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July 30, 2015

by Patricia Harman

3 Key Things That The Insurance Industry Needs To Know About Aluminum Vehicles

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New fuel efficiency standards in the U.S. are a driving force in requiring auto manufacturers to improve the miles per gallon for cars and light-duty trucks rolling off of the assembly lines in the next few years. By 2016, vehicles are required to reach 35.5 mpg and by 2025 that number should reach 54.5 mpg. Regulations for medium- and heavy-duty trucks will also require improved fuel efficiency and a reduction in carbon pollution for model years 2021-2027.

How will manufacturers achieve these more fuel efficient numbers? A number of ways including the use of hybrid engines, greater use of start and stop technology, more efficient air conditioning compressors and more electric power steering according to Susanna Gotsch of CCC Information Services.

One major way to shed some significant weight and increase mpg will be the use of more aluminum in cars.

Manufacturers like Ferrari, Audi, BMW, Honda, Lotus, Mercedes, Aston Martin and Range Rover are creating completely aluminum cars or using it for body panels and hoods. Others are using aluminum parts for fenders, trunks and liftgates.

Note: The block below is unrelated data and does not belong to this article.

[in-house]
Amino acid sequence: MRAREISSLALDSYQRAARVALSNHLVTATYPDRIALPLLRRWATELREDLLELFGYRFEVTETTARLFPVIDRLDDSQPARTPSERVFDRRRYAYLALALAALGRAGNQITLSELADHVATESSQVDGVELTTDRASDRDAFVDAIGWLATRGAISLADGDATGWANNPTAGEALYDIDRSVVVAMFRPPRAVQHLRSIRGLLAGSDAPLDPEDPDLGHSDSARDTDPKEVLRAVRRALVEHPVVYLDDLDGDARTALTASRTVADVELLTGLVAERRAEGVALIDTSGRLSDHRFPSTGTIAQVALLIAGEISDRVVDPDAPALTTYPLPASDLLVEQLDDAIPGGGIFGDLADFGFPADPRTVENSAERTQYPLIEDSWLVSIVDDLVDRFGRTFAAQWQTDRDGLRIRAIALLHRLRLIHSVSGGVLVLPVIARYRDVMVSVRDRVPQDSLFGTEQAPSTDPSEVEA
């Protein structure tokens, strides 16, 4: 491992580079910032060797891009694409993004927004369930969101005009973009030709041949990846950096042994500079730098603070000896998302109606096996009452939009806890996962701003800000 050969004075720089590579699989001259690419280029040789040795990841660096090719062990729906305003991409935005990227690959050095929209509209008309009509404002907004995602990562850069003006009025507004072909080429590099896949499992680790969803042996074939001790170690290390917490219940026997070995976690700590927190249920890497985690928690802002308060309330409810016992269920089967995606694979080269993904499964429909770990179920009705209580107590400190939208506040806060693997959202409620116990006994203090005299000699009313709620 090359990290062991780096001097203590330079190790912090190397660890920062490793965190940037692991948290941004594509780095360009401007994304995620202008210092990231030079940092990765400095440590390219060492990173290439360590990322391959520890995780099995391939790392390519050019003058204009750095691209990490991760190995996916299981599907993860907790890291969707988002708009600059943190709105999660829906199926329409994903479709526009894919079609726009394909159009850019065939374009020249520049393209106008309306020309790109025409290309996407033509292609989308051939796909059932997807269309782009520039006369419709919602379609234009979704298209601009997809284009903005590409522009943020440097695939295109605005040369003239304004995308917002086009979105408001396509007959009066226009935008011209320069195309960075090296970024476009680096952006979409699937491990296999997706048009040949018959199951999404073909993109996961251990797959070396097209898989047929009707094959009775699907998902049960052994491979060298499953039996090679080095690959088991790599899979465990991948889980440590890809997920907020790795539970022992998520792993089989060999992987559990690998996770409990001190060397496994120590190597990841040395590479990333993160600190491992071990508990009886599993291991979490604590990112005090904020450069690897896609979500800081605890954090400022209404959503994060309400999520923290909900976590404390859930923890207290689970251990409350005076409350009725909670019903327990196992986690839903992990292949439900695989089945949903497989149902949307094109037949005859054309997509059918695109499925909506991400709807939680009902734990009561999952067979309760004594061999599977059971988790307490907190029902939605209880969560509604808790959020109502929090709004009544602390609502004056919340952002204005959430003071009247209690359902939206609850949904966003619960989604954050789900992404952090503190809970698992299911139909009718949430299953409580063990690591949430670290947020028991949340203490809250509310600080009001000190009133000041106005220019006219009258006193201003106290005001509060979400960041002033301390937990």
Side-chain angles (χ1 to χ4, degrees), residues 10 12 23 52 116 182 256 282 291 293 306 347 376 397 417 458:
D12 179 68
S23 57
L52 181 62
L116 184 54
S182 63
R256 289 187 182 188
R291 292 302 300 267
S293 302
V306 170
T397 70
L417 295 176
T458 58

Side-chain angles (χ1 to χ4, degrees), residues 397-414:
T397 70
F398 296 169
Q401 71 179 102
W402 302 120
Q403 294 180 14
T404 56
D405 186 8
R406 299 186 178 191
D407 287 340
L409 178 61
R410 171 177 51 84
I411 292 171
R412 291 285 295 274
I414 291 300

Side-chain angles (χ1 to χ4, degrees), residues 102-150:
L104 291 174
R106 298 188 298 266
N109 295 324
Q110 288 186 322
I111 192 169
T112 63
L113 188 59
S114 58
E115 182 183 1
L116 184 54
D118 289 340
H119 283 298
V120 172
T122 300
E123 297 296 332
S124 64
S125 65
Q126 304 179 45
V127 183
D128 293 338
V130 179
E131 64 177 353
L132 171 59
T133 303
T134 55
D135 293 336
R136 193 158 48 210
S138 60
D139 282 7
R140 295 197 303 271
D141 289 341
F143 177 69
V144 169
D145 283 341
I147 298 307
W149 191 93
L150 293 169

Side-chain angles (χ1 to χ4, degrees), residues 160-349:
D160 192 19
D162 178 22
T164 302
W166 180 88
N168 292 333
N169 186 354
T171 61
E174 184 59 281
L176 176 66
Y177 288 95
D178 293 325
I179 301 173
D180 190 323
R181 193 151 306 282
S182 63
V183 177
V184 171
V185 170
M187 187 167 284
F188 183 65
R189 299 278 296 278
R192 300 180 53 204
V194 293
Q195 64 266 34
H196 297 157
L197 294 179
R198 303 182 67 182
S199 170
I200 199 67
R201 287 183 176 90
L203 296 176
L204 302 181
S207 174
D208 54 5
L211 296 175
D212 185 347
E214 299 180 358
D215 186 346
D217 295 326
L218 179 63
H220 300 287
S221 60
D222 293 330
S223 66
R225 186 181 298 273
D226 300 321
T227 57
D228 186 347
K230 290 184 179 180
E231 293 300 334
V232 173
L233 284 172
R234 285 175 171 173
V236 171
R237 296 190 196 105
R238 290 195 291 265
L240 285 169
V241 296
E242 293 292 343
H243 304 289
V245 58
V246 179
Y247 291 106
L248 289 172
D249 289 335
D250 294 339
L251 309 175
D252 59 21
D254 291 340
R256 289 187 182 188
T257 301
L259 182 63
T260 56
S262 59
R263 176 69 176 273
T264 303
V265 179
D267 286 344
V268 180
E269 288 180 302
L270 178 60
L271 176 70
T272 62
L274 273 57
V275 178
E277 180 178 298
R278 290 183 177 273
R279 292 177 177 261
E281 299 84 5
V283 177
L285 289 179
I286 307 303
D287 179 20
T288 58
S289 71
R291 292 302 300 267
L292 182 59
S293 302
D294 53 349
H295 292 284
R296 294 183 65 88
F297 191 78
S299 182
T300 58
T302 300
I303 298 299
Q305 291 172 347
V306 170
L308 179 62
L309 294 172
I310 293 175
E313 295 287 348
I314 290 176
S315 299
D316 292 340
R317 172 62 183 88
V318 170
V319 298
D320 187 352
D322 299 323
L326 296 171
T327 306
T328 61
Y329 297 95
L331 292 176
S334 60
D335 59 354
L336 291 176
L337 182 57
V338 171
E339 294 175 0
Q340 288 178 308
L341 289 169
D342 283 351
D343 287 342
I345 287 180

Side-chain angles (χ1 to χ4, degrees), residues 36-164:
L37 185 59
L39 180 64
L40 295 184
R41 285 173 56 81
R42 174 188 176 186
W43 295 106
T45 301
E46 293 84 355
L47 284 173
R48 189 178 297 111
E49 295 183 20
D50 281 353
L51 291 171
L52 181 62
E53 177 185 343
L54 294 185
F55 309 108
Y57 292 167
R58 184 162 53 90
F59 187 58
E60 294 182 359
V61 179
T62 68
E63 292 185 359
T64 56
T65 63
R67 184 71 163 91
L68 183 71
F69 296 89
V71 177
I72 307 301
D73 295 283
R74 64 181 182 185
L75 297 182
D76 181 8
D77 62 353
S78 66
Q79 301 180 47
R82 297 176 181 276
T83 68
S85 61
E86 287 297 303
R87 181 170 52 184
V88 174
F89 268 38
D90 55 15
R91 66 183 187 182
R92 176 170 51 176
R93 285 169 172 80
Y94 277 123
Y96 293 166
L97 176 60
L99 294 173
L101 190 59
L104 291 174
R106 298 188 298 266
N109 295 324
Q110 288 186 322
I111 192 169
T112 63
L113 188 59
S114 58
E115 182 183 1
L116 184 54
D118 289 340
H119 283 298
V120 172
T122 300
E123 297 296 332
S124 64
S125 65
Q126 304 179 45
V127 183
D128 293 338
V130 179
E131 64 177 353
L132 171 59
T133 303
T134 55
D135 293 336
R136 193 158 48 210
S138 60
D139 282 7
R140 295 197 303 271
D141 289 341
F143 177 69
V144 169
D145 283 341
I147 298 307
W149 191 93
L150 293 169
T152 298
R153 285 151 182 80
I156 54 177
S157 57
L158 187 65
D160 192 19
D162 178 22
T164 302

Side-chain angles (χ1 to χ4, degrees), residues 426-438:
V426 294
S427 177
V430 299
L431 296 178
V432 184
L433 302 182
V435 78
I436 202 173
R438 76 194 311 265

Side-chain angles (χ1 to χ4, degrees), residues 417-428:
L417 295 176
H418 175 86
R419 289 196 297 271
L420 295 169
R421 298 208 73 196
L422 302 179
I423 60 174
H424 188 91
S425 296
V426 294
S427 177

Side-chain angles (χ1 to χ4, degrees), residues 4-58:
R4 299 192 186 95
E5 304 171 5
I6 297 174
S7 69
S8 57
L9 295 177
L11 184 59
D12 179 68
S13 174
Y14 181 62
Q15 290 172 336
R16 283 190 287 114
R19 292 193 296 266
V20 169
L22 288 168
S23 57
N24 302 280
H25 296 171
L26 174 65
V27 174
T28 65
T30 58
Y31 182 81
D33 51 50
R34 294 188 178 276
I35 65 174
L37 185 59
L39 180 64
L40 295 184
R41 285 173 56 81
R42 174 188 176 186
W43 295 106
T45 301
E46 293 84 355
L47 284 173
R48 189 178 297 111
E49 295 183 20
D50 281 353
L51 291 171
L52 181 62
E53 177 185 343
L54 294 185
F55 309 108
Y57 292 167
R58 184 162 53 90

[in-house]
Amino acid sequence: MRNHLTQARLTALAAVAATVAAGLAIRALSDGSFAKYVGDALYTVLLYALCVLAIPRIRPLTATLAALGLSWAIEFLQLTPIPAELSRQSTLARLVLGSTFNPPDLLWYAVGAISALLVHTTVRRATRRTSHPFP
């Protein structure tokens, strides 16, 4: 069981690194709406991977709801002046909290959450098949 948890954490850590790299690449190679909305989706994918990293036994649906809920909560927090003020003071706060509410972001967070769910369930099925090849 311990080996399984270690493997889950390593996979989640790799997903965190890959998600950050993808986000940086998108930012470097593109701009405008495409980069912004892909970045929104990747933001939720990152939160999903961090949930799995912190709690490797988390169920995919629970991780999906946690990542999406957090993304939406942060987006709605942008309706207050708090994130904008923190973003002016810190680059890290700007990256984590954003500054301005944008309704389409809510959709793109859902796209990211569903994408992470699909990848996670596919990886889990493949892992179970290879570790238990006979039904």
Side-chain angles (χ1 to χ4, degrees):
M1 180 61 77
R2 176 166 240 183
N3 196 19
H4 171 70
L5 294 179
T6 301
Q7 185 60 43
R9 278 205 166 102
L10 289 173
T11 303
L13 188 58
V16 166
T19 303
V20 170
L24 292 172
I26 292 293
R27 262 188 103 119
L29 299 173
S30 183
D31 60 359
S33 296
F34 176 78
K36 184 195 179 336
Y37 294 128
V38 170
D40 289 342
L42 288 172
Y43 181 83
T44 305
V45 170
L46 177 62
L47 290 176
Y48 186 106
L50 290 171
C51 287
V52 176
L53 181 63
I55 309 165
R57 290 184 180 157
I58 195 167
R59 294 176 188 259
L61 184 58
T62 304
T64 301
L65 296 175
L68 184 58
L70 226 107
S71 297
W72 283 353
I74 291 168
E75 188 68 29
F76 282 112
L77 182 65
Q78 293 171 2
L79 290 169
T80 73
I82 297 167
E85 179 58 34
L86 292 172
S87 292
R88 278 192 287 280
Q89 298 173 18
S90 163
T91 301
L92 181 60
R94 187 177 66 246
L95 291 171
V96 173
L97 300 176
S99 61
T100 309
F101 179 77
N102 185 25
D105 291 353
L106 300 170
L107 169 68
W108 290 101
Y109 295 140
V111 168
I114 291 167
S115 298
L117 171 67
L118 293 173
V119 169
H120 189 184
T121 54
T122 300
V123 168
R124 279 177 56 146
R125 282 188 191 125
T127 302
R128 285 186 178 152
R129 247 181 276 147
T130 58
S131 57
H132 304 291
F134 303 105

The Aluminum Association says that manufacturers like the lighter weight material for its strength and environmental advantages. While steel is still the most used material in vehicles, aluminum comes in at a strong second, with almost 90% of it able to be recycled at the end of a vehicle’s life.

As manufacturers make the shift to more aluminum vehicles, this will also change how and where vehicles involved in an accident will be repaired. According to Dan Young, senior vice president of insurance relations for CARSTAR, there are anywhere from 34,000 to 36,000 collision repair shops in the U.S. “Those shops are fixing cars for an industry that is worth $30 billion and they are all vying for this work.”

Not every shop is equipped or has technicians trained to work on aluminum vehicles. “There is a great deal of cost that a shop has to be willing to invest to get into this aspect of the business,” adds Young. “They have to get certified to work on wholly aluminum vehicles, have separate tools and work areas, and that can cost several hundred thousand dollars.” Because of cross-contamination issues, aluminum cars cannot be worked on in the same area as steel cars because the aluminum particles will wear down the steel.

Young says that there are different training requirements depending on the manufacturer. Audi, Jaguar, Land Rover and BMW require technicians be trained to work on their aluminum vehicles. Those currently trained to work on steel vehicles will have to be retrained to work on aluminum as well. I-CAR, the Inter-Industry Conference on Auto Collision Repair, has developed training courses recognized by many manufacturers and is working with insurers to educate appraisers, adjusters and technicians on what is involved in repairing these new vehicles.

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